US 7637366 B2
Apparatus and methods for diverting objects to a second path from a first path. Some embodiments include an articulatable diverting member coupled to an endless loop placed at an oblique angle above the first path of the conveyor. The diverting members are selectively placed in either a retracted position or an extended position based on sensory knowledge of the particular objects passing underneath the endless member. In the extended position, the diverting members contact the particular objects and slide them to the second path. In the retracted position, the conveyed objects pass underneath the diverting member.
1. A system for conveying objects on a conveyor along a first path and in a first direction, comprising:
a plurality of articulatable diverting members moving along a second path in a second direction, the second path being above the first path, the second direction being nonparallel and nonperpendicular to the first direction, said diverting members being articulatable between a first non-diverting position above the first path and a second diverting position;
an actuator for changing said diverting member from one of the first position or the second position to the other of the first position or the second position;
wherein the included angle between the first path and the second path is more than about 20 degrees and less than about 70 degrees, the first path moves at a first speed, the second path moves at a second speed, and the second speed is less than the first speed divided by the cosine of the included angle.
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This application claims the benefit of priority of U.S. provisional applications Ser. No. 60/577,123, filed Jun. 4, 2004, incorporated herein by reference.
The present invention pertains to methods and apparatus for diverting products on a conveyor, and especially relates to high speed diversion of products on a slippable roller conveyor.
It is often necessary to sort objects being conveyed on a conveyor. The sorting may be necessitated by downstream events (such as too little or too much product at a subsequent station), by the need to separate objects based on their identity (which can be indicated by a bar code), for separation of objects based on their final destination, or for other reasons. Further, the objects may be conveyed in an irregular pattern, with irregular spacing or irregular product orientation. For any or all of these reasons, or for other reasons, it may be desirable to quickly determine which specific objects in a group of objects are to be diverted from one conveying path to another conveying path, and to accomplish that diversion without affecting the non-selected objects.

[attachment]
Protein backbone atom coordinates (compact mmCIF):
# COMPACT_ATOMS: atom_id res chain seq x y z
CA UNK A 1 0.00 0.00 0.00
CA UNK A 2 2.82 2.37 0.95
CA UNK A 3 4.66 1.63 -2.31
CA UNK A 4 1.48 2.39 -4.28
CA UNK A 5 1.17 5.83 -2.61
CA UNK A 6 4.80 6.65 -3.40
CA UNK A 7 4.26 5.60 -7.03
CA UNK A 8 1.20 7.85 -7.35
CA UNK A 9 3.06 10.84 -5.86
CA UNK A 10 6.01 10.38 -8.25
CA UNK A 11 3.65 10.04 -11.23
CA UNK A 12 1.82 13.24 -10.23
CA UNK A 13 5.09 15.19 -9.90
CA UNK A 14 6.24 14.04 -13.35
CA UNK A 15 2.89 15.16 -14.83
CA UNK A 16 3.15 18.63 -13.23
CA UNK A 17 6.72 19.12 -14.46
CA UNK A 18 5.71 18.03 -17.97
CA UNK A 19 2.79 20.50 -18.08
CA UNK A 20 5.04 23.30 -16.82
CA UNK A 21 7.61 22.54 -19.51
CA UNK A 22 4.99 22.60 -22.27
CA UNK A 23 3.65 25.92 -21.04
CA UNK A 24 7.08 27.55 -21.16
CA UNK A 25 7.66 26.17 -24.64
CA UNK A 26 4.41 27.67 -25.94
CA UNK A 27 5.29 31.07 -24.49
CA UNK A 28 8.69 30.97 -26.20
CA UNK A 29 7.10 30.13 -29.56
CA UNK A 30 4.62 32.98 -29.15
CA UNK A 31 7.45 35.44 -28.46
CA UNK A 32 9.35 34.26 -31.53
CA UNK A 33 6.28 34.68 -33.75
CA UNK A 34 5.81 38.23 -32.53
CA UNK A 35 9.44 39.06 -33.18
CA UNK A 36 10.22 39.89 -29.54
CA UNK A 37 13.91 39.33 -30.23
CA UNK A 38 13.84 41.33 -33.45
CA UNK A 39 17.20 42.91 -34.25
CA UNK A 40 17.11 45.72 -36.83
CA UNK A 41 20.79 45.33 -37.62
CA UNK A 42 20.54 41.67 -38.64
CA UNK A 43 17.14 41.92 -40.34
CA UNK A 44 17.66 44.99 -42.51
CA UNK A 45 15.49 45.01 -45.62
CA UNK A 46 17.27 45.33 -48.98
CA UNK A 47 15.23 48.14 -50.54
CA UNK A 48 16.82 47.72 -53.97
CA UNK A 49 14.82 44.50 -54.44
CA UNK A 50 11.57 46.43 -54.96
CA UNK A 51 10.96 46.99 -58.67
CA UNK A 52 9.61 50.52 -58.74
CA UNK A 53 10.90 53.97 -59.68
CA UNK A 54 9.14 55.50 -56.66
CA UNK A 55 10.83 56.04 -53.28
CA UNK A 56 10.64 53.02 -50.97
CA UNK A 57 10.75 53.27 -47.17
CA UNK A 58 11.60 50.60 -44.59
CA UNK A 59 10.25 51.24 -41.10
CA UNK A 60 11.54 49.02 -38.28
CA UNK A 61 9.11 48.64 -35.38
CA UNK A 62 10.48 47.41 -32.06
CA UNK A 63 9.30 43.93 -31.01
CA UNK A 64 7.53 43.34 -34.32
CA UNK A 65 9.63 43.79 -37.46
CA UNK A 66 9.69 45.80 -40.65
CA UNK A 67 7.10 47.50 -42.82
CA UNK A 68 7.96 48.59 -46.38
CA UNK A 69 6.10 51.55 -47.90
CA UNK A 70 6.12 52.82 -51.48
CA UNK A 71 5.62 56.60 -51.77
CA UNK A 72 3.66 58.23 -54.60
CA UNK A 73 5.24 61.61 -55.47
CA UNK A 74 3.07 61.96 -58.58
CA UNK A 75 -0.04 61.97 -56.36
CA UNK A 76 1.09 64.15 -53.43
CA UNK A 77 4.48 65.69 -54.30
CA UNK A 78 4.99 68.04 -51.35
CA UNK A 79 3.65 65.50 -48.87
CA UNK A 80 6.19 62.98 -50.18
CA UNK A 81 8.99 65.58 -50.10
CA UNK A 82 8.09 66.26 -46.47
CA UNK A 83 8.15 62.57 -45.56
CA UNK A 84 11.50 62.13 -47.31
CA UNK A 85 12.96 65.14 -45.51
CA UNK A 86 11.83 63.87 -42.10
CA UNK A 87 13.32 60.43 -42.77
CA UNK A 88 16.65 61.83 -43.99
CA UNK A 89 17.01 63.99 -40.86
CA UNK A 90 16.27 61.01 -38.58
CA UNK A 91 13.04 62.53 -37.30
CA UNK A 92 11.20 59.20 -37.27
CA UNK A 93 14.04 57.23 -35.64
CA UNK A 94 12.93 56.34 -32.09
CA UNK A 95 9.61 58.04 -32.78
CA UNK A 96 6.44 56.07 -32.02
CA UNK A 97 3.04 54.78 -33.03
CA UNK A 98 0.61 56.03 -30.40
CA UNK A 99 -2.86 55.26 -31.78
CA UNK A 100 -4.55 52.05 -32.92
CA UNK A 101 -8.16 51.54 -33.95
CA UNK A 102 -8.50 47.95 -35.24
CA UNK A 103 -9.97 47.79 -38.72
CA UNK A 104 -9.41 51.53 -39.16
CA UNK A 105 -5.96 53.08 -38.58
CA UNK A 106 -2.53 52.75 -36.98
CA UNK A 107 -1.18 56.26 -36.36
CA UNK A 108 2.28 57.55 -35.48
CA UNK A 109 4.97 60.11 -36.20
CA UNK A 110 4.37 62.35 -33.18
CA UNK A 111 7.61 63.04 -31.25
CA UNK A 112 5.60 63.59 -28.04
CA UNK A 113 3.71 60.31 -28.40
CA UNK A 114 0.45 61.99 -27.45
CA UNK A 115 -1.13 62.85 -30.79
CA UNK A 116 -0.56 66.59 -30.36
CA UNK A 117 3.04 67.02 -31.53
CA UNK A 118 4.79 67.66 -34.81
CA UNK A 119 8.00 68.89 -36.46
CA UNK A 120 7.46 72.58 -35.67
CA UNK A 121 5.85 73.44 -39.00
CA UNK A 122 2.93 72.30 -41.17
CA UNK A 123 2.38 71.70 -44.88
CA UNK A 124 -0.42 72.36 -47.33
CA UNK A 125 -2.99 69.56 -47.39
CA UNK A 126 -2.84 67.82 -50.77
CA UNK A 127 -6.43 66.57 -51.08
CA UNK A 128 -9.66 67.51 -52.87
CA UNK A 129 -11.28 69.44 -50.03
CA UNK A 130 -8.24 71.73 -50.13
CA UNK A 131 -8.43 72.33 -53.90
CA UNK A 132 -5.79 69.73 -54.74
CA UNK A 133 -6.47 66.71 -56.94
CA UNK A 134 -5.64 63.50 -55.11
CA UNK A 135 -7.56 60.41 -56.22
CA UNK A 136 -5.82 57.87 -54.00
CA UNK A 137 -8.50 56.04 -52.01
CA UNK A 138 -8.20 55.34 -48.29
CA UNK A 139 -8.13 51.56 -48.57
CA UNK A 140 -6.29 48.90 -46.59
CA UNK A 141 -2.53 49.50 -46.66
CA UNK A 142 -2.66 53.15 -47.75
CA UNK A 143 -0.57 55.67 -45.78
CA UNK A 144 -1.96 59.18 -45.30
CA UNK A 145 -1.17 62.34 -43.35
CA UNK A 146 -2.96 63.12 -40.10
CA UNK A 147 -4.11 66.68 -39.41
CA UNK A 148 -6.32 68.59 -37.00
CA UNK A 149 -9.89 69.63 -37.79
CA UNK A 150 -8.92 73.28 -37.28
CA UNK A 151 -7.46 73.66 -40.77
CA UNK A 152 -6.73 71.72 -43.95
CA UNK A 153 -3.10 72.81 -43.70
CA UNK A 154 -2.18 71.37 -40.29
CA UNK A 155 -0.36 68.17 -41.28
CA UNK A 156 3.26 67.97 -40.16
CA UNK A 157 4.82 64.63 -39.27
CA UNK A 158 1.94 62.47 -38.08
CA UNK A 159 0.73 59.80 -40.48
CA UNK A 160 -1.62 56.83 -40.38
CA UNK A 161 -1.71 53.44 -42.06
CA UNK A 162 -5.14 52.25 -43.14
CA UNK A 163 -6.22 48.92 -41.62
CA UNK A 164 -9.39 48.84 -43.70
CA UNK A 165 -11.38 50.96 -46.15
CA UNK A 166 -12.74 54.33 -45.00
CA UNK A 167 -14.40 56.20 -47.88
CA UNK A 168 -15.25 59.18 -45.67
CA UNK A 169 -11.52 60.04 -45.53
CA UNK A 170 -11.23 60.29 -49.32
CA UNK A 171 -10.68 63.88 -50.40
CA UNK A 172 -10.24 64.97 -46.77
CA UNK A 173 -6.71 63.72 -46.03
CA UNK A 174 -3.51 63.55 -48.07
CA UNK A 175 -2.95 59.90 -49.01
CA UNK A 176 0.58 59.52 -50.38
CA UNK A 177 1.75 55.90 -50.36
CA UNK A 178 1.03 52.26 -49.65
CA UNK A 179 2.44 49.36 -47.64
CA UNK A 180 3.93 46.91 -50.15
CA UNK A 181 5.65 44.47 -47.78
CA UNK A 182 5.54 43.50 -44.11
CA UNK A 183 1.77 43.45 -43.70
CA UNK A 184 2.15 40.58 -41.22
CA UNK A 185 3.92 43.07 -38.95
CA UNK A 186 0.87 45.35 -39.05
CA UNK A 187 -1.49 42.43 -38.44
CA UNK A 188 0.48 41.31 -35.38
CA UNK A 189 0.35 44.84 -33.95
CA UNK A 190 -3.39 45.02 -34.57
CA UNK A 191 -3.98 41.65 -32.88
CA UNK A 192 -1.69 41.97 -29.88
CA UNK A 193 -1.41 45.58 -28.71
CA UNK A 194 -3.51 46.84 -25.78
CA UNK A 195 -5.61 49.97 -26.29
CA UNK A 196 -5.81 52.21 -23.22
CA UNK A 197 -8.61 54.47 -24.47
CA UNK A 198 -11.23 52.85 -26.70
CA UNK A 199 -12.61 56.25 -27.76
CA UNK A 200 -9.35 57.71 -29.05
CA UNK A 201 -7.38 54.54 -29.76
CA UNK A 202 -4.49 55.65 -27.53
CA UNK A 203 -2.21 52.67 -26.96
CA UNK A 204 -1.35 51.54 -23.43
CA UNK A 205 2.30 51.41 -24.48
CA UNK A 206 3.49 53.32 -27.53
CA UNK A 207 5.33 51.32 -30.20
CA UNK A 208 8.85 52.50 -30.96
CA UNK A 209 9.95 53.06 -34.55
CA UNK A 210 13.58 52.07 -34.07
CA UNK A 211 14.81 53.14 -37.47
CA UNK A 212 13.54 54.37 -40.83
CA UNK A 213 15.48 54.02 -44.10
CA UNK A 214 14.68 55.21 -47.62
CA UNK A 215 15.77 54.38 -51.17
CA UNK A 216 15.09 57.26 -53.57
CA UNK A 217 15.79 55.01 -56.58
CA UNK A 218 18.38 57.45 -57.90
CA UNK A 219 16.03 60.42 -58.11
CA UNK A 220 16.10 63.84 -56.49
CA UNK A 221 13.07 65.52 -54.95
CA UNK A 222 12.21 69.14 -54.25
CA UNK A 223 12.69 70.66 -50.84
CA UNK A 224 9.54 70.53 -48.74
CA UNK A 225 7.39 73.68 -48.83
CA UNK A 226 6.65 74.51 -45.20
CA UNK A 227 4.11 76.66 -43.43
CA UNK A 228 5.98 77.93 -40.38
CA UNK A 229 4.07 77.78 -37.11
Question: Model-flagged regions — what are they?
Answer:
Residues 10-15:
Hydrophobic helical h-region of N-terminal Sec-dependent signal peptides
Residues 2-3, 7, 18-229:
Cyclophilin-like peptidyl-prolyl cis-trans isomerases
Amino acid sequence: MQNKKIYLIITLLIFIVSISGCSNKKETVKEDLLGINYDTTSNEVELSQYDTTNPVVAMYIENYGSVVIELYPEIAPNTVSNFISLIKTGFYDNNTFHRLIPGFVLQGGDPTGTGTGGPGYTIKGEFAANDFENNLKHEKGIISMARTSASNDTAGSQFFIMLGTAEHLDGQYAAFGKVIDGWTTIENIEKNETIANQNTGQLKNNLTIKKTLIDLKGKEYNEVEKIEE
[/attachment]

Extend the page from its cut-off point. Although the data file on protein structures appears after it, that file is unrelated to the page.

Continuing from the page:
The various embodiments of the invention shown and described herein provide novel and unobvious ways to divert products from one conveyor path to another conveyor path.
In some embodiments, the present invention relates to apparatus and methods for diverting objects being conveyed along a path.
In some embodiments, the present invention includes a diverting mechanism with actuatable divertable members arranged in a loop. In some embodiments the entire loop is above the conveying surface. In other embodiments an object-diverting portion of the loop is above the conveying surface and a paddle-return portion of the loop is below the conveying surface.
And yet other embodiments, the present invention pertains to methods and apparatus for returning a diverter member from an arbitrary position to a predetermined initial position. In some embodiments the method and apparatus pertain to moving a pivotable member from an extended position to a retracted position.
Other embodiments of the present invention pertain to methods and apparatus for limiting the overtravel of a diverting member as it is moved from one position to another position.
Yet other embodiments of the present invention pertain to methods and apparatus for high speed diversion of products on a slippable roller conveyor to minimize the damage to the conveyed product as it is diverted.
Yet other aspects of various embodiments of the present invention can be found in the drawings, detailed description, and claims to follow.
For the purposes of promoting an understanding of the principles of the invention, reference will now be made to the embodiment illustrated in the drawings and specific language will be used to describe the same. It will nevertheless be understood that no limitation of the scope of the invention is thereby intended, such alterations and further modifications in the illustrated device, and such further applications of the principles of the invention as illustrated therein being contemplated as would normally occur to one skilled in the art to which the invention relates.
Various of embodiments of the present invention pertain to methods and apparatus for diverting a stream of products being conveyed along a conveyor. In some embodiments the diverter assembly is located above the conveying path, such that the paddle assemblies of the diverter, when fully extended, have a distal end which is located close to the conveying path, but located above the conveying path. In yet other embodiments, the distal end of the paddle assembly in the fully extended position has a distal end that is located below the conveying path of the conveyor, especially for those conveyors in which one or more rollers have been removed from the corresponding roller shafts.